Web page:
Justia Rhode Island Supreme Court Opinion Summaries

Articles Posted in Criminal Law
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The Supreme Court affirmed the judgment of the superior court denying Defendant's motion for entry of a judgment of acquittal and convicting him on thirteen counts stemming from his alleged misuse of his position as detective commander in the Middletown Police Department, holding that Defendant's argument on appeal was waived.Defendant was convicted of several counts for assisting an individual to attain a house choice voucher from the Newport Housing Authority. Defendant appealed the denial of his motion for judgment of acquittal on the basis of his contention that "[a]ny rules governing the user's behavior within the system are irrelevant and cannot contribute to the sufficiency of the state's case in a [Sup. Ct. R. Crim. P. 29] motion...." The Supreme Court affirmed, holding that Defendant's argument was waived because it was not the same argument he made below. View "State v. Gamache" on Justia Law

Posted in: Criminal Law
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The Supreme Court affirmed the judgment of the superior court convicting and committing Defendant on one count of first-degree sexual assault after a jury trial, holding that there was no prejudicial error in the proceedings below.Defendant was convicted after a jury trial and sentenced to thirty-eight years at the Adult Correctional Institutions. On appeal, Defendant challenged the ruling of the trial justice permitting the State to introduce into evidence testimony given by a nurse concerning what the complaining witness told her about the alleged sexual assault. The Supreme Court affirmed, holding (1) Defendant's arguments on appeal were properly before the Court; (2) the was no error in the discretionary decision of the trial justice to admit the nurse's testimony; and (3) certain portions of admitted statements were erroneously admitted, but the evidence was clearly harmless cumulative evidence. View "State v. White" on Justia Law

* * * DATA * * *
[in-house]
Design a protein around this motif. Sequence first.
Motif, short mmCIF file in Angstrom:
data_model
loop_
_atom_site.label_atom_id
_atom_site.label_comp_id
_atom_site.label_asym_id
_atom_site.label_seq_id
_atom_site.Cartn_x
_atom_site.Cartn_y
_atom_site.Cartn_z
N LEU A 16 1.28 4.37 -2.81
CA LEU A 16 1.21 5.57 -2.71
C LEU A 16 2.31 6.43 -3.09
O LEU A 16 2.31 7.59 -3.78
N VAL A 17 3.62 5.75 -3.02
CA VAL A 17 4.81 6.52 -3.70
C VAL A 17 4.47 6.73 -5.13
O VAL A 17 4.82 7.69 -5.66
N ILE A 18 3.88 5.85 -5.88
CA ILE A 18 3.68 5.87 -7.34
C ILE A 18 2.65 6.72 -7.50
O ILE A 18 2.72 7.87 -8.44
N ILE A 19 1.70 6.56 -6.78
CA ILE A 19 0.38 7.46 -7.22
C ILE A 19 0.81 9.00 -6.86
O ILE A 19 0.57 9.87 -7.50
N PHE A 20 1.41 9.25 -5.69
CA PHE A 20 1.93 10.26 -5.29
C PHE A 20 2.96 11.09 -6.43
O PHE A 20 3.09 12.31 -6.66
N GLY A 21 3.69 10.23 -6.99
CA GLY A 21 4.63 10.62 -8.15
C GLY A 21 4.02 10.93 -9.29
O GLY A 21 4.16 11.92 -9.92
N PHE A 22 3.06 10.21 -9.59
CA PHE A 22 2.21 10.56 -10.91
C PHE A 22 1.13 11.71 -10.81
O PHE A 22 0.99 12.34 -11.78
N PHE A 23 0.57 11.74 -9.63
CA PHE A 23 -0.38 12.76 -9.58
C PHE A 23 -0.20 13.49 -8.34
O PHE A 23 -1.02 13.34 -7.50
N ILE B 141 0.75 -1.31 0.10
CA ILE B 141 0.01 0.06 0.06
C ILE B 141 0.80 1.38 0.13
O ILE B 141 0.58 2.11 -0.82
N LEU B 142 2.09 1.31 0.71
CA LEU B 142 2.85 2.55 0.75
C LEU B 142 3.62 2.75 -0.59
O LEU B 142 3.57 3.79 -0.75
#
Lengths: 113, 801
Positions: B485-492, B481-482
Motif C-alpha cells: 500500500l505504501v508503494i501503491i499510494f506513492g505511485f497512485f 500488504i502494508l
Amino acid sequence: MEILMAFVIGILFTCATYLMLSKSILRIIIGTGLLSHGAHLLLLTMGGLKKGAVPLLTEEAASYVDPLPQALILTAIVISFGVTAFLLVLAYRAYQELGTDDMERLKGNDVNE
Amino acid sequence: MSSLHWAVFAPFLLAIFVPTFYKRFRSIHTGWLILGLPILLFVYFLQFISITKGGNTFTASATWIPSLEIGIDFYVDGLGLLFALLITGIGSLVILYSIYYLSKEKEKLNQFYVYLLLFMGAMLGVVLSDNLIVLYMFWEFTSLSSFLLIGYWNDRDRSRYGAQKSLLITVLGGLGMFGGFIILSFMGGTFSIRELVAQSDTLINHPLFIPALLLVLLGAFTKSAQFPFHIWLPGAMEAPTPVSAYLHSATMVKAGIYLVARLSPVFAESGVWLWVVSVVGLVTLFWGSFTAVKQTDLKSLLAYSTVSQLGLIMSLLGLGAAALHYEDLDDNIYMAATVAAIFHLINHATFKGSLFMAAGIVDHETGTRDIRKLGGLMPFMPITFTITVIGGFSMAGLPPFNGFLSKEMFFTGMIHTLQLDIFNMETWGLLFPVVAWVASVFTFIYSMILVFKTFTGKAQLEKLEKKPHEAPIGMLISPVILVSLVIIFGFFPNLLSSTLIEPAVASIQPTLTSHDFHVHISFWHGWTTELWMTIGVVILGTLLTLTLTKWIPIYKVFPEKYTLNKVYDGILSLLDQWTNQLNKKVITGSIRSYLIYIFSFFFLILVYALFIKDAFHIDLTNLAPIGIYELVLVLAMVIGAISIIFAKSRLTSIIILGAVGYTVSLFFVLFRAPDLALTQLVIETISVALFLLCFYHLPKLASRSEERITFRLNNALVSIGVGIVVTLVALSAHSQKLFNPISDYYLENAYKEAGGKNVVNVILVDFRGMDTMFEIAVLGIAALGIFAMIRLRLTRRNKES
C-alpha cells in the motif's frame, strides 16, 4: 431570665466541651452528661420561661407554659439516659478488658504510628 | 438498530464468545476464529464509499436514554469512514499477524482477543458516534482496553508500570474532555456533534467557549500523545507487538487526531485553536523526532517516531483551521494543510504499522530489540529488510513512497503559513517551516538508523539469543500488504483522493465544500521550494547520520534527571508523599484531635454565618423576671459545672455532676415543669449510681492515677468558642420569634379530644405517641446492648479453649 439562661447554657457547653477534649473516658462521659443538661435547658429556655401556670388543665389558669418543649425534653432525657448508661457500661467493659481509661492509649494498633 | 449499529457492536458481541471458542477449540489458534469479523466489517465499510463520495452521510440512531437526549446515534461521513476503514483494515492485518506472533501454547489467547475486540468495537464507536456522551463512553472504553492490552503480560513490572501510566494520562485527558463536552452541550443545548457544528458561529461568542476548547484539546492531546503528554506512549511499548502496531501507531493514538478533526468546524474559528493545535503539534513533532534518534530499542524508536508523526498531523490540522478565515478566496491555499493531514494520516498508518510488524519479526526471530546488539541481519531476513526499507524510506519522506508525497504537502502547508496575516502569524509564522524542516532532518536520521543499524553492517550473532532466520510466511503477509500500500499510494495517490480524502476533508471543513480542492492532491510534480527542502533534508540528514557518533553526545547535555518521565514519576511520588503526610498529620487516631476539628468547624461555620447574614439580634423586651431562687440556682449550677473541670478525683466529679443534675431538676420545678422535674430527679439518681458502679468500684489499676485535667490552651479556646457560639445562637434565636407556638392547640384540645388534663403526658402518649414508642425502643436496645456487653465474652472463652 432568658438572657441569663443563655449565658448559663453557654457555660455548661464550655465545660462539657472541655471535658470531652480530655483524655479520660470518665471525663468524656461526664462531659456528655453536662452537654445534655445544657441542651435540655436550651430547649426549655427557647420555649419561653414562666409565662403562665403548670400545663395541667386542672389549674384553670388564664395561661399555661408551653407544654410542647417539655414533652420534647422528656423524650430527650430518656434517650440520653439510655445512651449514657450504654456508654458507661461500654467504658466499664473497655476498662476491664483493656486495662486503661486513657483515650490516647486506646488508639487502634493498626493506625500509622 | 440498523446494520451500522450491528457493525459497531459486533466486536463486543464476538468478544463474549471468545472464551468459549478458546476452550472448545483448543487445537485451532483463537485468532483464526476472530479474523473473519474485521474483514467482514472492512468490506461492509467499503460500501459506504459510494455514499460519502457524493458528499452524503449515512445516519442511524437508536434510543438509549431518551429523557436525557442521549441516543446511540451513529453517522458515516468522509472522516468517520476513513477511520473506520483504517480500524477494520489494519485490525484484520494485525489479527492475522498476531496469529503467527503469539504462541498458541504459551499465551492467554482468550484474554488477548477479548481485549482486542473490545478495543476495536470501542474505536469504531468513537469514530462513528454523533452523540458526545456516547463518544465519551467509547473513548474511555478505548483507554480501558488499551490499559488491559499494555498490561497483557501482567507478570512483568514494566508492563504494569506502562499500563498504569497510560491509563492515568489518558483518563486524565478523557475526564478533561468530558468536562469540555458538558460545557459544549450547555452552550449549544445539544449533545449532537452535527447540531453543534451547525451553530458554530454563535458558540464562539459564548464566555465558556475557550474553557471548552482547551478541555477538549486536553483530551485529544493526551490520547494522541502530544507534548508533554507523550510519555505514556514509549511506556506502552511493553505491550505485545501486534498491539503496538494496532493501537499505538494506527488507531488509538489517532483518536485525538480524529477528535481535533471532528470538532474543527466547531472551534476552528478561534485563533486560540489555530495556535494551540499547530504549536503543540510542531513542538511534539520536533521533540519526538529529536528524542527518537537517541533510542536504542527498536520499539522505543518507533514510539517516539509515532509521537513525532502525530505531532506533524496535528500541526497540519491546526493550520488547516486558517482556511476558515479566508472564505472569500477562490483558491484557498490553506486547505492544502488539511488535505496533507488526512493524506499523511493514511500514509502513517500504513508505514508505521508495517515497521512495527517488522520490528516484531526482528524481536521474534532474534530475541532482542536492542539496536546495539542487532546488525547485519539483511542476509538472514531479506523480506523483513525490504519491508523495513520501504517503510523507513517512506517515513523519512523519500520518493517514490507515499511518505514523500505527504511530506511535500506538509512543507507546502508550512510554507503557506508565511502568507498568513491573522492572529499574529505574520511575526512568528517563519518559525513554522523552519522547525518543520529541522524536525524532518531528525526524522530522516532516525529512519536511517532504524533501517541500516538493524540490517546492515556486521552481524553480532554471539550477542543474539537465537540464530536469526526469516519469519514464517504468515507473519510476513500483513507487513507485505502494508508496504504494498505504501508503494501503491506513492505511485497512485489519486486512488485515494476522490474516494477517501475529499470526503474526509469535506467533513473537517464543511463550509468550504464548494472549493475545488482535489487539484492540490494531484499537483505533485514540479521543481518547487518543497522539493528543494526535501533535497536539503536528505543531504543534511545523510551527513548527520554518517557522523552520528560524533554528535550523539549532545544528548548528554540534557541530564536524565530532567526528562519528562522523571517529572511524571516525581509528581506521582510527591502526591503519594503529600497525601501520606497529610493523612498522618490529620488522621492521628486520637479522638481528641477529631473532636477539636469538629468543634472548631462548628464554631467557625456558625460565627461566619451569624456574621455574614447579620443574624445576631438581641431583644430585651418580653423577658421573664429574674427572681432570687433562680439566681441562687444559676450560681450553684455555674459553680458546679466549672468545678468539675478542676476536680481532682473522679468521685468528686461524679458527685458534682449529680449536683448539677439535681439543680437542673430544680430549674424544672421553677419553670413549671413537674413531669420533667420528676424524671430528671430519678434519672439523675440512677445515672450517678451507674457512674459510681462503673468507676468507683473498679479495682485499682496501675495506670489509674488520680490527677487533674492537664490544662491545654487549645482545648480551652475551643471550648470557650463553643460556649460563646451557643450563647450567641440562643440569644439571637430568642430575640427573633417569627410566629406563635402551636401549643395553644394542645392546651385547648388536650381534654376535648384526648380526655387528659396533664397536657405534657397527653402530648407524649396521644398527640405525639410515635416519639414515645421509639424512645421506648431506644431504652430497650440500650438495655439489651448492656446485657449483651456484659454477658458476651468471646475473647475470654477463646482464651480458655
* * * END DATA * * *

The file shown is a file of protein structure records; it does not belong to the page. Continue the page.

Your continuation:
Posted in: Criminal Law
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The Supreme Court affirmed the decision of the superior court dismissing Plaintiffs' claims in favor of Defendants in accordance with Sup. Ct. R. Civ. P. 12(b)(6), holding that the trial court did not err in ruling that R.I. Gen. Laws 9-1-51 (the act), as amended, created a class of criminal actors beyond the scope of actual perpetrators as set forth in the act.Plaintiffs filed separate actions alleging that they were sexually molested as minors by priests at the Roman Catholic Diocese of Providence. Plaintiffs claimed that Defendants' actions rose to the level of criminal aiding and abetting, thus constituting improper conduct. The trial justice granted Defendants' motions to dismiss all claims in all cases, holding that because Defendants were non-perpetrators, the actions were time-barred. The Supreme Court affirmed, holding (1) Defendants could not be found culpable as aiders or abettors; (2) even if Defendants' actions constituted a violation of a criminal statute, they were non-penetrators and the claims were time-barred; and (3) there was no other error. View "Houllahan v. Gelineau" on Justia Law

Posted in: Criminal Law
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The Supreme Court affirmed the judgment of the superior court convicting Defendant of two counts of second-degree sexual assault, holding that the trial justice did not err in denying Defendant's motion to pass the case or his motion for a new trial.Defendant was convicted after a trial. The trial justice denied Defendant's motion for a new trial and sentenced him to eight years of imprisonment for each count, with one year to serve and the remaining time suspended. On appeal, Defendant argued, among other things, that the trial justice abused his discretion in denying Defendant's motion to pass the case due to the prosecutor's allegedly improper comments during closing arguments. The Supreme Judicial Court affirmed, holding (1) the trial justice did not abuse his discretion in denying Defendant's motion to pass the case; and (2) the trial justice did not erroneously admit evidence unduly prejudicial to Defendant, and therefore, Defendant was not entitled to receive a new trial. View "State v. Leonard" on Justia Law

Posted in: Criminal Law
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The Supreme Court affirmed the judgments of the superior court convicting Defendant following a jury trial for larceny of an automobile and adjudicating him a probation violator, holding that Defendant was not entitled to relief on his claims of error.On appeal, Defendant argued, among other things, that the trial court erred in denying his motion to suppress certain evidence collected as a result of a warrantless search of his real-time cell-site location information (CSLI). The Supreme Court disagreed and affirmed, holding (1) the acquisition of real-time CSLI qualifies as a search under the Fourth Amendment for which a warrant is required; (2) any error in the trial justice's determination that the exigent circumstances exception to the warrant requirement applied to the facts of this case was harmless; (3) the trial justice did not abuse his discretion in denying Defendant's motion to exclude certain testimony, and any error in allowing other testimony to be admitted at trial was harmless; and (4) Defendant waived his last argument for appeal. View "State v. Sinapi" on Justia Law